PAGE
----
Irish Film Institute -Facing Windows

Facing Windows

Director: Ferzan Ozpetek

Italy-U.K.-Turkey- Portugal| 2003. English subtitles. Colour. Anamorphic. Dolby digital stereo. 106 mins

There’s a bold fluidity to this film that draws us in instantly—gorgeous long takes, sumptuous music, sparky acting, vivid characters. And director-cowriter Ferzan Ozpetek has more surprises up his sleeve. Giovanna and Filippo (Giovanna Mezzogiorno and Filippo Nigro) are a young couple in Rome with two kids; their relationship is strained by Giovanna’s dead-end job in a chicken factory and Filippo’s sense of disappointment. When they encounter an amnesiac old man who calls himself Simone (the veteran Massimo Girotti) on the street, Giovanna wants to keep walking, but Filippo wants to help. Giovanna reluctantly agrees to let him stay with them for a day or two, and soon her mind is full of thoughts of missed opportunities and possibilities—of her dream job as a pastry chef, of the gorgeous man (Raoul Bova) who lives in the flat opposite her front window. Meanwhile, Simone is piecing together his memories, but is having trouble telling the past from the present.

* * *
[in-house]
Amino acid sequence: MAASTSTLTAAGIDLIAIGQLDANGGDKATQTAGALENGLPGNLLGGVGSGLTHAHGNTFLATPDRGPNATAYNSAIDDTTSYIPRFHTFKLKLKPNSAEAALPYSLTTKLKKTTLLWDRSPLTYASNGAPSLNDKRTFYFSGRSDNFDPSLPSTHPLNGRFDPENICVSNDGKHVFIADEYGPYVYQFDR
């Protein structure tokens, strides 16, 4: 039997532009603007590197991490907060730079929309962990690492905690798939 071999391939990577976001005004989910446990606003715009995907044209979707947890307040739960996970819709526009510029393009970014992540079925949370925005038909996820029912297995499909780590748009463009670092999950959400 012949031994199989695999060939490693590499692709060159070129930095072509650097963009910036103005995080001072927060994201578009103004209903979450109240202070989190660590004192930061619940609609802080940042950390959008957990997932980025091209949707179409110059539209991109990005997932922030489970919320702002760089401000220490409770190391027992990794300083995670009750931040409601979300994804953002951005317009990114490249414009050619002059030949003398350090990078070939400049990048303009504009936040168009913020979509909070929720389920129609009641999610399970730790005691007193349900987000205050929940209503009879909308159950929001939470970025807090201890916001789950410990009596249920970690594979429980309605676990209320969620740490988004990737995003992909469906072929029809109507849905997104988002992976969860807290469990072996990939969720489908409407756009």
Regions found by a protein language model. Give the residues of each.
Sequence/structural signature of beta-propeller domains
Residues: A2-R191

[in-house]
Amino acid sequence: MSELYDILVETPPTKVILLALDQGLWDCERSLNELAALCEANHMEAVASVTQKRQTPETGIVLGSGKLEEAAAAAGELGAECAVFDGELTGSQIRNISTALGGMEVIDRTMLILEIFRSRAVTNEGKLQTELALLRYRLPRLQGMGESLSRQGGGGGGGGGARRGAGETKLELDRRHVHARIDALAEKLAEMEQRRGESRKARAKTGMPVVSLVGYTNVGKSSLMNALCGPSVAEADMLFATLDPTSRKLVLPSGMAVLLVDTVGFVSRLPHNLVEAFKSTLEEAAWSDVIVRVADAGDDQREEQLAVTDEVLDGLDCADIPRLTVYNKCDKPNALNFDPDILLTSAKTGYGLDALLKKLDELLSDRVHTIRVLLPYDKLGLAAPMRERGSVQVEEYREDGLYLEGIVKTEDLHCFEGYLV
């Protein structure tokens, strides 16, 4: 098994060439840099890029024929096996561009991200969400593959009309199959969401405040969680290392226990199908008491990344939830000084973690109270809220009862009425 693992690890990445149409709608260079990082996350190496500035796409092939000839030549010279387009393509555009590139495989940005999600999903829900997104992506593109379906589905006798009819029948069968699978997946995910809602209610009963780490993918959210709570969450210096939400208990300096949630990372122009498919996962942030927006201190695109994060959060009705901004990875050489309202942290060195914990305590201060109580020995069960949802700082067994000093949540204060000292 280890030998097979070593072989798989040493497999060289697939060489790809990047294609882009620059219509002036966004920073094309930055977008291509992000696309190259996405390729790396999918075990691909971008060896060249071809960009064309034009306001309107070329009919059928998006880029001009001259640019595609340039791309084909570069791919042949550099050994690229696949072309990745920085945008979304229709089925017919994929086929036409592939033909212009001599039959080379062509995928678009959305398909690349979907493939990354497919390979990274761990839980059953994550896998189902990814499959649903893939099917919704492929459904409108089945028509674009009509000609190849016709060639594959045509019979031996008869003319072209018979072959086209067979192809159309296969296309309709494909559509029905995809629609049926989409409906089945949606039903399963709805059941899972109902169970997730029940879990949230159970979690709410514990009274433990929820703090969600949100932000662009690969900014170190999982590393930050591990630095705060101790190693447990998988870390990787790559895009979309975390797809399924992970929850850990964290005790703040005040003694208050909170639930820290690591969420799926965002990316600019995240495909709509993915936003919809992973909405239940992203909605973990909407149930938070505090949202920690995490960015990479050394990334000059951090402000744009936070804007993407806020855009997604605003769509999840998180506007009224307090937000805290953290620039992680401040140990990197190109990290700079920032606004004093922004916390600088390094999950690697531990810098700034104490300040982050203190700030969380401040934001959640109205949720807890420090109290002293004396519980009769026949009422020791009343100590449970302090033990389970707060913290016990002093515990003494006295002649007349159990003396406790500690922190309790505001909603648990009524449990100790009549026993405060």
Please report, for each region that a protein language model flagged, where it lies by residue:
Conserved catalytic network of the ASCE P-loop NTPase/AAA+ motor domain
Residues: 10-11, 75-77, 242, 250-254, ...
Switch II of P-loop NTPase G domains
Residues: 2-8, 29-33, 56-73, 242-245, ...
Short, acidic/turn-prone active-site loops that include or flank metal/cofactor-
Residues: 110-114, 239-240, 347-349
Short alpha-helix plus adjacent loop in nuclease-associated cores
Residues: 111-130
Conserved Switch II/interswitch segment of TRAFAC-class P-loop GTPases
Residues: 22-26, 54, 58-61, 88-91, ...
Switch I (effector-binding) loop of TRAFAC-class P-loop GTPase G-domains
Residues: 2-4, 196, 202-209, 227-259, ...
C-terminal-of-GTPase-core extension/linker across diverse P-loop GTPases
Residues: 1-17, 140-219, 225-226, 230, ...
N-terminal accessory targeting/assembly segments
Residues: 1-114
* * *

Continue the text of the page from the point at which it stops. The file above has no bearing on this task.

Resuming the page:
Hitchcock is the inspiration here, mainly RearWindow’s voyeurism and Vertigo’s dark examination of identity and desire. But this isn’t just a case of knowing references; it’s a superb, complex story told with confidence and sneaky wit. The message is that we should never be content to merely survive or to dream of a better world. We should live it. Ozpetek crafts the film powerfully, with real emotional resonance in the characters and layers of meaning in the imagery. The intricate shifts between flashbacks and parallel scenes are effortlessly inventive, and the film builds serious levels of suspense and drama without ever resorting to standard movie trickery.

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